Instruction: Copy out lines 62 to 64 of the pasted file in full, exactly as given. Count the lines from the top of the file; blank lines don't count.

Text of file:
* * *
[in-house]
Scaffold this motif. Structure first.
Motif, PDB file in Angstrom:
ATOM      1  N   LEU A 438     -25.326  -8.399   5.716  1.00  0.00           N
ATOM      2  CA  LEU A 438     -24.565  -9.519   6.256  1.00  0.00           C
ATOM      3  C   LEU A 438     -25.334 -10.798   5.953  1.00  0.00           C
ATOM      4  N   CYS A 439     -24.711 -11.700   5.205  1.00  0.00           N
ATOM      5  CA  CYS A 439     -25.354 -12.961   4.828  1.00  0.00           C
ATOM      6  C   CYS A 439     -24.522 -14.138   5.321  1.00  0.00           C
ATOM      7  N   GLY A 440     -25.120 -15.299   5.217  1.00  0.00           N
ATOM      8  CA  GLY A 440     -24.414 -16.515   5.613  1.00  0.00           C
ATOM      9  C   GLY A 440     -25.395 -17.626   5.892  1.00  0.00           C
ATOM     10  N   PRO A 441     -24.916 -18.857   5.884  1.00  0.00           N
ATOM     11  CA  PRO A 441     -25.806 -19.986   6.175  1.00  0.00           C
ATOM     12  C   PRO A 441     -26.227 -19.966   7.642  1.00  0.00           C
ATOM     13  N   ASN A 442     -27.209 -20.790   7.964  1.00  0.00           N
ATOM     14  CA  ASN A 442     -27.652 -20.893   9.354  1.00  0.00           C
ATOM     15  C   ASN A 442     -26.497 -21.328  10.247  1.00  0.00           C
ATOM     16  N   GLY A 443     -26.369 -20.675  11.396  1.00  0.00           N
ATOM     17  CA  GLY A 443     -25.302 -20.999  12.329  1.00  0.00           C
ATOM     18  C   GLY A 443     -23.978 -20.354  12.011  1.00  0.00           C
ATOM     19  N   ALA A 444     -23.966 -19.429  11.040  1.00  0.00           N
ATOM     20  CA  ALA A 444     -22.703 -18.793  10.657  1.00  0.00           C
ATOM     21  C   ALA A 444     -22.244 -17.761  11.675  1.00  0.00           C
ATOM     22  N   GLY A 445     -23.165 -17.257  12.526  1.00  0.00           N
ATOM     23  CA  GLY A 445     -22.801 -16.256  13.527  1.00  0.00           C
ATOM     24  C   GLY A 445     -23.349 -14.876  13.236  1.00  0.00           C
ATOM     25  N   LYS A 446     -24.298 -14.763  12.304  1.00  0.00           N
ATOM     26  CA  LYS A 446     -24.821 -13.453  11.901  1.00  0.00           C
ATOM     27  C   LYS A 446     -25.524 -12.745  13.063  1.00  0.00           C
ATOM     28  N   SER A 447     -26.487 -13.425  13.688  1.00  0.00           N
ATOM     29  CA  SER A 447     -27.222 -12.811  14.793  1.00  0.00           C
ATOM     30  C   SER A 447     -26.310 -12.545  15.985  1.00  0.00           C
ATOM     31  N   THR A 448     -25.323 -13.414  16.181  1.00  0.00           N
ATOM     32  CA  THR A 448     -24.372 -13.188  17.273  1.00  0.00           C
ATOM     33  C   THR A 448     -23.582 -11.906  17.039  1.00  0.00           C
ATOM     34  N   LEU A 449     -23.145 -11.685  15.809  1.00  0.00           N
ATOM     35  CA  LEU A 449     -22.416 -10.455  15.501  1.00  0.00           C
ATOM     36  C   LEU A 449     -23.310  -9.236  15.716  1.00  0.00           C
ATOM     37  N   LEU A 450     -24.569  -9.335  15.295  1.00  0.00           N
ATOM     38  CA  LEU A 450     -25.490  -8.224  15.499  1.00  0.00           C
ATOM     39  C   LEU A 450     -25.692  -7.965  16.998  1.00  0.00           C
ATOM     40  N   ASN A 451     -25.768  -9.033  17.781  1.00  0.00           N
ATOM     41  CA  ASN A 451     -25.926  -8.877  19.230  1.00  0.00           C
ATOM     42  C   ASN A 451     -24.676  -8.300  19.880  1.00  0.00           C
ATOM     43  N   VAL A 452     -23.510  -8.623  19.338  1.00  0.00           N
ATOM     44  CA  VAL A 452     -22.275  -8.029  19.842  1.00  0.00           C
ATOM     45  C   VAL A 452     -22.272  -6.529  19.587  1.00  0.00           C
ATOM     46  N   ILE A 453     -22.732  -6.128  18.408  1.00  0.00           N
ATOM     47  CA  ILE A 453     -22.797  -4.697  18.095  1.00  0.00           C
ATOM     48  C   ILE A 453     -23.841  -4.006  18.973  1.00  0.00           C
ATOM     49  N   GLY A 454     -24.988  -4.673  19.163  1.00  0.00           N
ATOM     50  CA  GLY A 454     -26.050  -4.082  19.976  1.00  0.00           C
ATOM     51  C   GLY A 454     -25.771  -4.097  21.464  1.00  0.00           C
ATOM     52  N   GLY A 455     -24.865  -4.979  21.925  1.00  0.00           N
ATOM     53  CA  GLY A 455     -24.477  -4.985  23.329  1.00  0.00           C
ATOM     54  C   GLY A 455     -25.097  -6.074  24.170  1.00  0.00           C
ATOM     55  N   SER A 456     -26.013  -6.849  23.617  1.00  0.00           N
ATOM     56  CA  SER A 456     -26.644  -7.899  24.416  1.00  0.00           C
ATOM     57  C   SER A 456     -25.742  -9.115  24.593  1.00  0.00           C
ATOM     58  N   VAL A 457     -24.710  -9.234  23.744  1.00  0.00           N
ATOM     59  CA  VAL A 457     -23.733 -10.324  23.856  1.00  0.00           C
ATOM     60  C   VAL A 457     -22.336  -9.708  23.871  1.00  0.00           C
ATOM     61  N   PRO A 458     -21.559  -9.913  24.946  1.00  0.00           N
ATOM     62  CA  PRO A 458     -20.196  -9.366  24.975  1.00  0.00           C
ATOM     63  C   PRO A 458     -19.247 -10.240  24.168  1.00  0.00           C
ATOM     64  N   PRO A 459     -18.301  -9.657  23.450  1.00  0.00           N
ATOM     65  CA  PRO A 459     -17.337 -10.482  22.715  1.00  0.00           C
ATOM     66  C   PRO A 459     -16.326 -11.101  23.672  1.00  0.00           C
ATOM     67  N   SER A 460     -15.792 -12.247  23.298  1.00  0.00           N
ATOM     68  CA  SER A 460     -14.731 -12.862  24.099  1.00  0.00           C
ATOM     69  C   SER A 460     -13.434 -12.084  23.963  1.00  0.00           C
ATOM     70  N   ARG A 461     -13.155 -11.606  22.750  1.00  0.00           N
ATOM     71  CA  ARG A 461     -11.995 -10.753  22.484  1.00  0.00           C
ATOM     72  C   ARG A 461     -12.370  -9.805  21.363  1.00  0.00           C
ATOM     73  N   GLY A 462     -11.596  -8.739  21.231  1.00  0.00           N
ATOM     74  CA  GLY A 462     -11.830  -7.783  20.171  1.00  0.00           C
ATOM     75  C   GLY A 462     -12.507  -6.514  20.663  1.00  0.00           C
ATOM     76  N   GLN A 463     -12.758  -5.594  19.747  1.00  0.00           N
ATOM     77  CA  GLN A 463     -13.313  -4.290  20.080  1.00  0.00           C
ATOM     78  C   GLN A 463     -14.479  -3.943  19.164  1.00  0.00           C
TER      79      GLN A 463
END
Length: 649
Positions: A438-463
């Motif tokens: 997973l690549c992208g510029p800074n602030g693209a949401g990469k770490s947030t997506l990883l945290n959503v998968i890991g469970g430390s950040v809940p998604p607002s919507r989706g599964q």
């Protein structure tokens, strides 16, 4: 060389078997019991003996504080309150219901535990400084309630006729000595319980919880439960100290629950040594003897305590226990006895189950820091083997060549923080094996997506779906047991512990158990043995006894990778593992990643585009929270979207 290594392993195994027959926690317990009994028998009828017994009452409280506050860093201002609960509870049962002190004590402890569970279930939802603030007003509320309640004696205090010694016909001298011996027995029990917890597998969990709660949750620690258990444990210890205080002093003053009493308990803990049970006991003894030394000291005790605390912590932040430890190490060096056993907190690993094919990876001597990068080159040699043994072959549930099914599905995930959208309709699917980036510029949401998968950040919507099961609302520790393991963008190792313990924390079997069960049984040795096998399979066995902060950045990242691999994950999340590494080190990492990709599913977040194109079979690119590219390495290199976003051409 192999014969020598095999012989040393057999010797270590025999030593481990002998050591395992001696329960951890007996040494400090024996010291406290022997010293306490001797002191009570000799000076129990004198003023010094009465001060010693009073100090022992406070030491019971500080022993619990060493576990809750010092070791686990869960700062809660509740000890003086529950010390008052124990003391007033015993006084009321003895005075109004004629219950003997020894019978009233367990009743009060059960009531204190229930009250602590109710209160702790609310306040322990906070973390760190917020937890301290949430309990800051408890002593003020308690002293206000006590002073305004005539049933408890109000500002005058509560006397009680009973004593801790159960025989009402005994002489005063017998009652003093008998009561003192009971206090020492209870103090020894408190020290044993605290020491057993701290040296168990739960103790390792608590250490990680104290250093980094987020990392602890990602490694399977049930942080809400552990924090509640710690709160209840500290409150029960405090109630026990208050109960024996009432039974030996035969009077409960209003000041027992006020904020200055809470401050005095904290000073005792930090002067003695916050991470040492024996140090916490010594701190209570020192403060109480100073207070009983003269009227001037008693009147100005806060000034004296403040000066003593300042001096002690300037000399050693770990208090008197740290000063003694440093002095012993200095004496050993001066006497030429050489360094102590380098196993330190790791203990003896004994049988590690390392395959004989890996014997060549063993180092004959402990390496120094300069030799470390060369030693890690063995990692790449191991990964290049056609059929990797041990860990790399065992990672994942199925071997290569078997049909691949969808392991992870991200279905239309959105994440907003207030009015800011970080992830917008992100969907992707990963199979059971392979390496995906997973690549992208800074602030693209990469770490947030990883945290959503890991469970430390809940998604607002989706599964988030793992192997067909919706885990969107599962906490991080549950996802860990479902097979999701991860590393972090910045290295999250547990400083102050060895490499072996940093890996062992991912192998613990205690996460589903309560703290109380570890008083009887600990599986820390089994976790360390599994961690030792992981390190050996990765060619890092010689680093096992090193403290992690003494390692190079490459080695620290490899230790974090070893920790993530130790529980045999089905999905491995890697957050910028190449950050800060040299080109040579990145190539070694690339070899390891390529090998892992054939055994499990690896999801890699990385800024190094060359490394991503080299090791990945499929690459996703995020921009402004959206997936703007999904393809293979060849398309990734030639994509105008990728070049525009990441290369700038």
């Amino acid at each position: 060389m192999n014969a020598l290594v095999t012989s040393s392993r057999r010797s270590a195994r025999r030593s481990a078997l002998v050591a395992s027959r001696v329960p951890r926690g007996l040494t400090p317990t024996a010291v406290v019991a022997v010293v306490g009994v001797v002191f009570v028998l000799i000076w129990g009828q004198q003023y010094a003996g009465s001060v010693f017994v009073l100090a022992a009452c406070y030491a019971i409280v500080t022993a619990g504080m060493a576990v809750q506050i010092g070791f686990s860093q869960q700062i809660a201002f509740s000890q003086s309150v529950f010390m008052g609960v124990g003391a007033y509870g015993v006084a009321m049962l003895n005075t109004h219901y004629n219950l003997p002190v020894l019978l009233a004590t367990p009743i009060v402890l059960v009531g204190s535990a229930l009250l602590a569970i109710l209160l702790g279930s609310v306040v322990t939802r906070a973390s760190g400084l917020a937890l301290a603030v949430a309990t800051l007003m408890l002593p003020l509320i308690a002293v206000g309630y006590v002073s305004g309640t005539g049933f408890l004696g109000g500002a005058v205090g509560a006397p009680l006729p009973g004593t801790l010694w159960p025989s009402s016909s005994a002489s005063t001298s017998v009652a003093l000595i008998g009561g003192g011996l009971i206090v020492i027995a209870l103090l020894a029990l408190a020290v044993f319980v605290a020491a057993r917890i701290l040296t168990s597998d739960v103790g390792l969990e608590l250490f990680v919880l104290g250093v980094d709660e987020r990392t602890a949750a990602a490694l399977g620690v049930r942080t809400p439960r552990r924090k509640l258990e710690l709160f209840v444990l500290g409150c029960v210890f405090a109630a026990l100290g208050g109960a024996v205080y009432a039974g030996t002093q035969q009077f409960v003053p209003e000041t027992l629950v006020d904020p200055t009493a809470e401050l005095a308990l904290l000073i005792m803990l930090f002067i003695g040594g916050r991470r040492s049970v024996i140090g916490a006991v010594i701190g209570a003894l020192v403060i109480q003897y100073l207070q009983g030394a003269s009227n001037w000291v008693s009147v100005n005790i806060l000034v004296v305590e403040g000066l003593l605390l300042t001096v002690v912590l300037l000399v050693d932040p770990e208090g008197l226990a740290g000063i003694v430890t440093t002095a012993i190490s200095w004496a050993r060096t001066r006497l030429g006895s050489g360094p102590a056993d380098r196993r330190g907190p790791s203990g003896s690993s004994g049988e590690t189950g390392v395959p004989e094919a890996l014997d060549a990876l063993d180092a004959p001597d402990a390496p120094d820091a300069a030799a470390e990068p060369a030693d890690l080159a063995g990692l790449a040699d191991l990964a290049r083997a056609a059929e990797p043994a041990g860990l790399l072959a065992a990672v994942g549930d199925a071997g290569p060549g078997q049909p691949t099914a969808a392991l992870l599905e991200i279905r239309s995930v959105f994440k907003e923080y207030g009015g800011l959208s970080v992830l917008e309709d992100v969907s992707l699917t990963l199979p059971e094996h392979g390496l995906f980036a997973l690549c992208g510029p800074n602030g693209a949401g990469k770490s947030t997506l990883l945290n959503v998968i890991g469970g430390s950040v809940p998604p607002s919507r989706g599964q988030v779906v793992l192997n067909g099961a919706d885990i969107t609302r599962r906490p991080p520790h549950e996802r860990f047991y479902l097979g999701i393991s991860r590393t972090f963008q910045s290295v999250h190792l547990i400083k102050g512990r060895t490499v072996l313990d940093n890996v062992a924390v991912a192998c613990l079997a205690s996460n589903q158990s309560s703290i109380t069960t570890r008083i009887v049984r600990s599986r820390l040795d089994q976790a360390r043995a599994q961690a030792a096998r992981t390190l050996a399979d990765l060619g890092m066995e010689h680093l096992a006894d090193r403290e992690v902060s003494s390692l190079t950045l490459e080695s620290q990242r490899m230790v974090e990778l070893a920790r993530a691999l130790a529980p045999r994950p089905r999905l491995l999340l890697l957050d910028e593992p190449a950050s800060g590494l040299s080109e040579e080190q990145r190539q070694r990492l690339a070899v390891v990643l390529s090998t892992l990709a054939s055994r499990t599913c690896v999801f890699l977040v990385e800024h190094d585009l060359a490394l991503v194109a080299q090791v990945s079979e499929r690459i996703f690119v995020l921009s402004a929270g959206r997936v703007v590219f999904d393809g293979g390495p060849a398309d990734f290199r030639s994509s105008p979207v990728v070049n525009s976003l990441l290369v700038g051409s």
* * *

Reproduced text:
ATOM     59  CA  VAL A 457     -23.733 -10.324  23.856  1.00  0.00           C
ATOM     60  C   VAL A 457     -22.336  -9.708  23.871  1.00  0.00           C
ATOM     61  N   PRO A 458     -21.559  -9.913  24.946  1.00  0.00           N